Amateur Mickelson accomplished goal of winning '91 Tour event


Phil Mickelson is a big believer in goal-setting - even the ones about which he forgets.

Wednesday marked the 25th anniversary of Mickelson's victory as an amateur at the PGA Tour's Northern Telecom Open. Speaking on "Morning Drive," Lefty recounted a story about how the Mickelson family had gotten together the previous Christmas to script three goals that each of them had for the upcoming year.

"We wrote them down, put them in a vase and then we were going to open them a year later. I had forgotten that I had written this down, but one of the three goals that I had written for 1991 was to win the Tucson Open," Mickelson said. "It's amazing how goal-setting and the power of the subconscious mind can kind of get in your head and get you to get the best out of you. Somehow I had dreamt a month prior, or weeks prior, that I would end up winning it."

Mickelson won the tournament with a birdie on the 72nd hole, but it wasn't without drama. After starting the final round with a two-shot lead, he appeared to be out of contention following a triple bogey on No. 14 before rebounding with two more birdies coming home.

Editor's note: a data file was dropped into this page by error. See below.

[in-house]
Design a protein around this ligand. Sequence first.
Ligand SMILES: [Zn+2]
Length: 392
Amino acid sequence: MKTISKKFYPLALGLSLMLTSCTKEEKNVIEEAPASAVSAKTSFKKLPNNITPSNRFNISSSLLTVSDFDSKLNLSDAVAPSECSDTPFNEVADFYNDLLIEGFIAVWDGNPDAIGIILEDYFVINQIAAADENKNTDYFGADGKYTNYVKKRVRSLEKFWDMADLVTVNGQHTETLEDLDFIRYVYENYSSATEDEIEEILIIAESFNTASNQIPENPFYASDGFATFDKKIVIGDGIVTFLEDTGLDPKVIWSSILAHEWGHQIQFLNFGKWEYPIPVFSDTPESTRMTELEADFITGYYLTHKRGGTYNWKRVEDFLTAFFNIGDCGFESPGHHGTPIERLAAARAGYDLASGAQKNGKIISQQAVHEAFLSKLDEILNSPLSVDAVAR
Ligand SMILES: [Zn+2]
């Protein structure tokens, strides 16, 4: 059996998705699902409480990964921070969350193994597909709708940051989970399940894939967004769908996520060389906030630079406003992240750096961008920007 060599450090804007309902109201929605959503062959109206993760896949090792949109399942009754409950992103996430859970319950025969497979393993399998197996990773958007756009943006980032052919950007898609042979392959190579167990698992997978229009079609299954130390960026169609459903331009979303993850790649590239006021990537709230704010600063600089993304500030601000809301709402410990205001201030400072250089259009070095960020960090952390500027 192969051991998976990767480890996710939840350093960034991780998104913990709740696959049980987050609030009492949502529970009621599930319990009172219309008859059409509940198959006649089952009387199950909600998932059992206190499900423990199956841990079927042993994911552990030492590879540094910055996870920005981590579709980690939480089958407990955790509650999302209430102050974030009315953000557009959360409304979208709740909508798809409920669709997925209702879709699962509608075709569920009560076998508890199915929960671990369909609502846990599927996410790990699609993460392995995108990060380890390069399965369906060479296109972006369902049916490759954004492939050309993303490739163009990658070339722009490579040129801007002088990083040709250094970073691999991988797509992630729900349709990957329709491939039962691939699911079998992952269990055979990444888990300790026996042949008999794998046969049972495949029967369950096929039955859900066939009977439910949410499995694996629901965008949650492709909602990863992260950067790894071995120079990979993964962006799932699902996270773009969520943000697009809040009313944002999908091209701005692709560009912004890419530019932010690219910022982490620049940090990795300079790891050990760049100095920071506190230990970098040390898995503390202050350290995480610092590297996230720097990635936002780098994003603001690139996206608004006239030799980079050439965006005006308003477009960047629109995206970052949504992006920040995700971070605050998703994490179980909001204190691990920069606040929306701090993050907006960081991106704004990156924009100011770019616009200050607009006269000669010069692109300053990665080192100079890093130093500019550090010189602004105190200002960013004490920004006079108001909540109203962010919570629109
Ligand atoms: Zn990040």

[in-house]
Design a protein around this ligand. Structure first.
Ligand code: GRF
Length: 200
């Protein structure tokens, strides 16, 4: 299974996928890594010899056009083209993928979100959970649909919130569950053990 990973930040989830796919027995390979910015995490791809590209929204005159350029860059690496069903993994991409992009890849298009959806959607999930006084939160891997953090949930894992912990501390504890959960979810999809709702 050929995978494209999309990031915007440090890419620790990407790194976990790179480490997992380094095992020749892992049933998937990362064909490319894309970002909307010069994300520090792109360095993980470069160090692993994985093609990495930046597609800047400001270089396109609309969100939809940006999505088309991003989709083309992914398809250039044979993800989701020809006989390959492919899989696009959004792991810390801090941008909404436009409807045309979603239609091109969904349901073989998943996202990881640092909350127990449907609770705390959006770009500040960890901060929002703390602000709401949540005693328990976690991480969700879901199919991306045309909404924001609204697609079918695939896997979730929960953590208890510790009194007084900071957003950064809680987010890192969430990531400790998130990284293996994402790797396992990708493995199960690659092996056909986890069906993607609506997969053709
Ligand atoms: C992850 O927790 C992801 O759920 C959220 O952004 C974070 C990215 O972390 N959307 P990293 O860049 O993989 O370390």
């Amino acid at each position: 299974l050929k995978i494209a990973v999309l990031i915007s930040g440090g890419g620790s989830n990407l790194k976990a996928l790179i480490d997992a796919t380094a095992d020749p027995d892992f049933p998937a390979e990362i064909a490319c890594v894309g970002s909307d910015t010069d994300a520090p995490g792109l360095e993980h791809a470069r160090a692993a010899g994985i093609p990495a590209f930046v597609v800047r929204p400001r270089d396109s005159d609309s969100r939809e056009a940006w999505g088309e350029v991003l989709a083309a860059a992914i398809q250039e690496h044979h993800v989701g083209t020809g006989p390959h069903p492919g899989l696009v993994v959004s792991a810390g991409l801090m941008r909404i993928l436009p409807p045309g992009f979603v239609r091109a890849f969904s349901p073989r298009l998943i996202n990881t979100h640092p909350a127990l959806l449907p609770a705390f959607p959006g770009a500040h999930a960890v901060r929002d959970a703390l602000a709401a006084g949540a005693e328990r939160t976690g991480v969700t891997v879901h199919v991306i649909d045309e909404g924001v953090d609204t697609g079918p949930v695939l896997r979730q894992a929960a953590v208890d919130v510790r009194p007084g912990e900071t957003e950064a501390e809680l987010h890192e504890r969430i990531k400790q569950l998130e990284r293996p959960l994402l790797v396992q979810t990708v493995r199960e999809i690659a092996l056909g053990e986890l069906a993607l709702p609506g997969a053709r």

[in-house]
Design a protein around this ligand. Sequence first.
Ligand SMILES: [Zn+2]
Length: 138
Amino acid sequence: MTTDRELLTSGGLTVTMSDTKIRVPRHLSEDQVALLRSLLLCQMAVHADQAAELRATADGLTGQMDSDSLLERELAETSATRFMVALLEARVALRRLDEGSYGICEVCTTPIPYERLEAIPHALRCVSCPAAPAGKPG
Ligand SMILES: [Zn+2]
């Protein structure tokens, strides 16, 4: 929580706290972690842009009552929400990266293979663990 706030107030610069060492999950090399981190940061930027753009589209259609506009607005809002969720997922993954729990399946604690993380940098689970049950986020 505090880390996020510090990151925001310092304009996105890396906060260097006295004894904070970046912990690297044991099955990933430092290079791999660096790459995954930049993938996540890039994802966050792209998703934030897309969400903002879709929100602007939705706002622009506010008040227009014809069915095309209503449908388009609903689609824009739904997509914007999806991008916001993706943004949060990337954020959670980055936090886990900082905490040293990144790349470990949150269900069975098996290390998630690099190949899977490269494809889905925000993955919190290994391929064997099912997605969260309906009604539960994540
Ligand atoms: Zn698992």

"It was not the first time I've made triple. It's part of my game, I guess," he said. "I did think at the time that I had thrown the tournament away, because I was two or three shots behind. I was fortunate that a couple guys ahead of me made a bogey coming in, which allowed me the opportunity to make those birdies to win."

Mickelson was a junior at Arizona State when he won, and despite the two-year Tour exemption that accompanied the trophy, he decided to return to ASU to complete his junior and senior seasons.

While Mickelson said that he "really didn't feel any pressure to turn pro" because of the long career most players have, he added that the trend to turn pro early is a big reason why no amateur has won on Tour since his triumph in Tucson.

"I mean, there's many young players that win in that first year or two as they turn pro, when they would still be in college, so there is obviously the talent in the amateur ranks to win on the PGA Tour," he said. "I just think they don't give themselves enough time to do it. It's not necessarily a bad thing or a good thing, it just is kind of the way things have evolved."